Copper Theft Rising Alongside Stronger Copper Prices

- June 9th, 2021

With copper prices on the rise, theft of the red metal is increasing. Some nations are looking to crack down on the culprits.

Copper prices have reached all-time highs in 2021, and the red metal’s positive price action is fueling black market demand for copper scrap.

Copper theft has long been a major source of anxiety, particularly for the construction, utilities and transportation industries, and legislators are still attempting to stop property vandalism.

While stealing copper might sound difficult, it’s quite common and can affect major entities. In fact, copper thieves made off with US$500,000 in copper wiring from a stretch of the Manhattan subway line in New York in late 2020.

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In early 2021, Florida police arrested five men stealing underground copper wiring belonging to media and telecommunications giant AT&T (NYSE:T). The copper wire had a value of US$30,000, but the damages incurred from the vandalism were estimated at US$100,000.

With electric vehicles (EVs) requiring upwards of 80 percent more copper than gasoline-powered vehicles, EV manufacturers are also a lucrative target for copper theft.

In mid-2021, BNN Bloomberg reported that tens of millions of dollars in copper have been stolen from Tesla’s (NASDAQ:TSLA) gigafactory in Nevada.

Each US state has its own metal recycling regulations and anti-copper theft laws, with varying degrees of stringency. The rise in copper theft lately has led to new legislation. For example, Oklahoma state legislature recently passed a bill aimed at strengthening existing laws designed to curtail metal thefts.

“Scrap metal theft is a huge problem in our state, particularly copper wire theft,” said Oklahoma Senator Chuck Hall. “This is a comprehensive approach to make sure all the relevant laws are in one place in the statutes and that any duplicate language is eliminated, making it easier for scrap metal dealers and other buyers to see exactly what is required to comply. It tightens the requirements for seller identification and adds remote storage batteries to the list of regulated materials.”

Copper theft is not isolated to the US, but rather is a global problem. In Canada, the provincial government of Saskatchewan also recently passed legislation targeting scrap metal thefts.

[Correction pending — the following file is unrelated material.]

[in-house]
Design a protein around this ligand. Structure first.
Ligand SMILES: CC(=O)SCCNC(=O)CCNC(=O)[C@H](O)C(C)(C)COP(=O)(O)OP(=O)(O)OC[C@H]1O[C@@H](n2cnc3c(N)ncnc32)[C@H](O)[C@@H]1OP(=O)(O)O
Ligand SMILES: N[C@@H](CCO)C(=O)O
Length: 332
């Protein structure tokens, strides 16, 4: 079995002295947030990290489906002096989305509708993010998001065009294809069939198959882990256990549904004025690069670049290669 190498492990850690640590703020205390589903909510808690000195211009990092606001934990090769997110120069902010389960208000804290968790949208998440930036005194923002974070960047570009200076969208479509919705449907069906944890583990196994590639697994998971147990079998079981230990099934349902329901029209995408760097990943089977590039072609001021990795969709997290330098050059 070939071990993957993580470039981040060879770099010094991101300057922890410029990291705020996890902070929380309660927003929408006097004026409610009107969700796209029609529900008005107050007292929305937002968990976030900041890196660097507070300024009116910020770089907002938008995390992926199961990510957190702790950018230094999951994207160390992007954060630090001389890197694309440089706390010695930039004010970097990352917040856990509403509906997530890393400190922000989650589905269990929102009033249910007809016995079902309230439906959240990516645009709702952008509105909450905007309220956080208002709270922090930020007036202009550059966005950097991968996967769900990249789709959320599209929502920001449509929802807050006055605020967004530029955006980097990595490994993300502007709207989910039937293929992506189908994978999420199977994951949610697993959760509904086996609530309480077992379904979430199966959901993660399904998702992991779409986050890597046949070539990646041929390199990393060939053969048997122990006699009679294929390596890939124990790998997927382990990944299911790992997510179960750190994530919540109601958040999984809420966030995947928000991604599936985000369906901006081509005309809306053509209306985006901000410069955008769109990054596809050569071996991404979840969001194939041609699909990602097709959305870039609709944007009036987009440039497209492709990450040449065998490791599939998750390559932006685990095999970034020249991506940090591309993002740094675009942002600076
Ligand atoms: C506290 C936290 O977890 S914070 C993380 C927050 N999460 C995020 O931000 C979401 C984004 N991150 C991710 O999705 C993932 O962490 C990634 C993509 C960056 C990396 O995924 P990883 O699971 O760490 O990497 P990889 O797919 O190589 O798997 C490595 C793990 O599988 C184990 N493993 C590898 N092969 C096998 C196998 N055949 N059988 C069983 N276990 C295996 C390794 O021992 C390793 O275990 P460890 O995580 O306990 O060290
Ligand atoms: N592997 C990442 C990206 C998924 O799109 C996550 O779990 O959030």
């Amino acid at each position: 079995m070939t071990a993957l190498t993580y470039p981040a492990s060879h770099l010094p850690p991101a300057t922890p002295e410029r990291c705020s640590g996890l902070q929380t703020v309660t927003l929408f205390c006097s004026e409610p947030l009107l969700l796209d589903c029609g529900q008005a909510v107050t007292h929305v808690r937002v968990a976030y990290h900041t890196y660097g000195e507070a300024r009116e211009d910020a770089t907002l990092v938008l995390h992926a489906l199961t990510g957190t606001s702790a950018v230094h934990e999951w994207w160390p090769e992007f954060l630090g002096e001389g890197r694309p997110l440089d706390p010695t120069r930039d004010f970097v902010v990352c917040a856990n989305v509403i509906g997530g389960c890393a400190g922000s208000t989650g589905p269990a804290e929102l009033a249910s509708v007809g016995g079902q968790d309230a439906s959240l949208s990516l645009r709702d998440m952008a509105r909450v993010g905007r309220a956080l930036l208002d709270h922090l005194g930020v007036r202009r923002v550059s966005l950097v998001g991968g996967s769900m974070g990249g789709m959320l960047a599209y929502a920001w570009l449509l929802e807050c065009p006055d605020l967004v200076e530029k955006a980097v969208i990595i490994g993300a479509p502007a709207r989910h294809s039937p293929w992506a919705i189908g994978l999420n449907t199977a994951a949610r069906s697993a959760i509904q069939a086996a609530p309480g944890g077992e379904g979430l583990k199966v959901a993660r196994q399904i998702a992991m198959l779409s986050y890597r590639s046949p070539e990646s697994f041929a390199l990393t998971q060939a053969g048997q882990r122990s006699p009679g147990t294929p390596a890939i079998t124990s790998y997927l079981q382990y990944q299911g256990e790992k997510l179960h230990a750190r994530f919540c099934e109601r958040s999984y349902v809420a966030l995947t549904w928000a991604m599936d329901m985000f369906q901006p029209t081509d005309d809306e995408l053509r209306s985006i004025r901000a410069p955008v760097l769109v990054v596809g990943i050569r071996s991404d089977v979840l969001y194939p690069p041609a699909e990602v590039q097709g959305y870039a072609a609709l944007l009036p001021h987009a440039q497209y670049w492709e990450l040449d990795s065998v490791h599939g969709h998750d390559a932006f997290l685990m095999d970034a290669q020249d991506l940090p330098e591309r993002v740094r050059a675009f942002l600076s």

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“Police services, farmers, and businesses in Saskatchewan have told us about the dangerous growth of metal theft,” said Justice Minister Gordon Wyant. “This legislation will serve as a valuable tool for police when working to reduce this type of crime, which is often specifically targeted at rural property owners.”

SaskPower, the principal electric utility in the province, fired three of its employees in December 2020 for stealing scrap copper from the company. The utility has also reported electrical substations as targets of copper theft in recent years.

In Brazil, transit authorities have reported millions of dollars in vandalism and theft from traffic lights in the past few years, while power distributor Cemig has said theft of copper cables is on the rise, resulting in supply interruptions for energy, traffic disruptions and issues for telecommunications networks.

Reuters reported recently that copper thefts attributed to organized crime have hobbled South Africa’s commuter rail system — the longest railway system on the continent. “We’ve never seen the rail system in this state. It’s diabolical,” said Steve Harris, secretary general of the United National Transport Union.

The government of South Africa isn’t taking copper theft lightly. In May 2021, under amended legislation, five copper thieves were handed a cumulative 1,250 year sentence for stealing copper cables.

Whether or not tougher laws will have an impact on copper theft remains to be seen. For now, as long as copper is trading at a high price, the red metal remains alluring to those in the black market even as lawmakers worldwide try to crack down on the trade.

This is an updated version of an article first published by the Investing News Network in 2012.

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Securities Disclosure: I, Melissa Pistilli, hold no direct investment interest in any company mentioned in this article.

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